We’ve been able to do this for the last version or two. We aren’t really “opening” the project, we are simply reviewing it.


When Project Locking is NOT turned on, or when you actually open a project when no other editor is using it, the padlock icon in the lower left corner of the Project panel lights up and turns green.

This means that you have the ability to make changes and save them. If you are the only one working on the file, this is not a problem. If you are part of a group, it can be a big problem.

BIG, BIG WARNING!! If project locking is not turned on and two editors open the same project, then EVERYONE has the ability to make changes and save them using the same file name – thus erasing all changes that were made by anyone earlier.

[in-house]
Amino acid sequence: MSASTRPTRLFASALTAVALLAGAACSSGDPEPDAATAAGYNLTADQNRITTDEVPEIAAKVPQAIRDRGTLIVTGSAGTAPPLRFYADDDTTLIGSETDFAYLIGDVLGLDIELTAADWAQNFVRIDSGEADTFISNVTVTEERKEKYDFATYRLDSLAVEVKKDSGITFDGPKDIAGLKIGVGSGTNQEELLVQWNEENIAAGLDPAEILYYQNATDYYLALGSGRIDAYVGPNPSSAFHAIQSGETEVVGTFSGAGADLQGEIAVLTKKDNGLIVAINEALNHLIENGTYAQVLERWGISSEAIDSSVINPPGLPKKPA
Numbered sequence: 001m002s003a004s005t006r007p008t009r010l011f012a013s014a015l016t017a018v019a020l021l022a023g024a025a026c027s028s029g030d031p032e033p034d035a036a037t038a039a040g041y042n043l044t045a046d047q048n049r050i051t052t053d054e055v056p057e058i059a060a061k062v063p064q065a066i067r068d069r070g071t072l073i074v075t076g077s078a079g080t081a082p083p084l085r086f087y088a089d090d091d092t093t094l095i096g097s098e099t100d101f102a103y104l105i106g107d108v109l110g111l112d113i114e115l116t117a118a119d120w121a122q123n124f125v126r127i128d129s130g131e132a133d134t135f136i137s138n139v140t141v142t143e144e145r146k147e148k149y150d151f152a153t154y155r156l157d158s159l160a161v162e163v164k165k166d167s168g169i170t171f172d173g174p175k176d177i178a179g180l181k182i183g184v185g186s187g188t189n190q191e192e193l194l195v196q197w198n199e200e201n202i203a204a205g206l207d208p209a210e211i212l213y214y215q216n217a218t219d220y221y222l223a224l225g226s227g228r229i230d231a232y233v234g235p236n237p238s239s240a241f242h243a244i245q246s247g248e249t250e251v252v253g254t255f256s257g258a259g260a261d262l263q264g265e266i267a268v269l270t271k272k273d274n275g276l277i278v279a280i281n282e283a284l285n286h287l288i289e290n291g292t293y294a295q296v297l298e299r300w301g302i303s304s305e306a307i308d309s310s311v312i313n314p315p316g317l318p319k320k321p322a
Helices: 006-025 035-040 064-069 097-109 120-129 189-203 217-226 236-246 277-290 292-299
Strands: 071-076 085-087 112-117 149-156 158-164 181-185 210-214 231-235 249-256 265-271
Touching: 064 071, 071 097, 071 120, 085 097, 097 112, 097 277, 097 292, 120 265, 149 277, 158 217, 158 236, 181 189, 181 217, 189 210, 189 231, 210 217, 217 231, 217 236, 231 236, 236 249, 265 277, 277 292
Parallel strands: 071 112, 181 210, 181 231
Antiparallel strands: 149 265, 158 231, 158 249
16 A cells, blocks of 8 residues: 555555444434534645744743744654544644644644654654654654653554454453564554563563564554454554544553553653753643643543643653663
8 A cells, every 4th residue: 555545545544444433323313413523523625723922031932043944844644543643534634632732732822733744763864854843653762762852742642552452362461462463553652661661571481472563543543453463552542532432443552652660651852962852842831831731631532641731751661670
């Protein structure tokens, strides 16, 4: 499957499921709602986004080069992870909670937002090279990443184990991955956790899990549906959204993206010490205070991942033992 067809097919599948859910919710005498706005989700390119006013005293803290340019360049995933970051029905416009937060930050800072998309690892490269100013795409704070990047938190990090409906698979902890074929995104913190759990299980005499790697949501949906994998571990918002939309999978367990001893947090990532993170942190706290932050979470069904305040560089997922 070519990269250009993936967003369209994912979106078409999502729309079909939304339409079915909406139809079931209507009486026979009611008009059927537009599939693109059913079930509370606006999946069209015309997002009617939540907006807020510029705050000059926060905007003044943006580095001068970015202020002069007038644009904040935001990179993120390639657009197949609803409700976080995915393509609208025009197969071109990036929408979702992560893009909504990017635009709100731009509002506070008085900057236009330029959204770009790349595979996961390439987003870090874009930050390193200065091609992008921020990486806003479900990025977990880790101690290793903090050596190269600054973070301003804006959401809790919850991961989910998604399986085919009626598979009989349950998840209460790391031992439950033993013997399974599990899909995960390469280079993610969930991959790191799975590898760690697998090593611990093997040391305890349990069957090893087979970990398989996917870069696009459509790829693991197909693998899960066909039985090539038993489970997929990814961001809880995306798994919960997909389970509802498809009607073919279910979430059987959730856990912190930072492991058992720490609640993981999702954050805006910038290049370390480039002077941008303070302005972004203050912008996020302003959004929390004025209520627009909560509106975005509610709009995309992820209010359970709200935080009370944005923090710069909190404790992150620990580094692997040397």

Again, this is generally considered bad.

When Project Locking IS turned on – remember, this needs to be done in Preferences for ALL systems, not just yours – when you open a project that someone else has open, the padlock icon turns red.

This means that you can open a project, play a project, copy media and sequences out of the project, even export the project, but NOT make any changes. If you try to make a change, whatever you attempted to do is ignored.

When you open a project that another editor has open, this message appears. However, it goes by REALLY fast. A better indicator that the project is open by someone else is the red padlock.

NOTE: If no other editor has the file open, you are able to open the file without restrictions and make changes. This system does not prevent changes, it simply prevents two editors from changing the same file at the same time.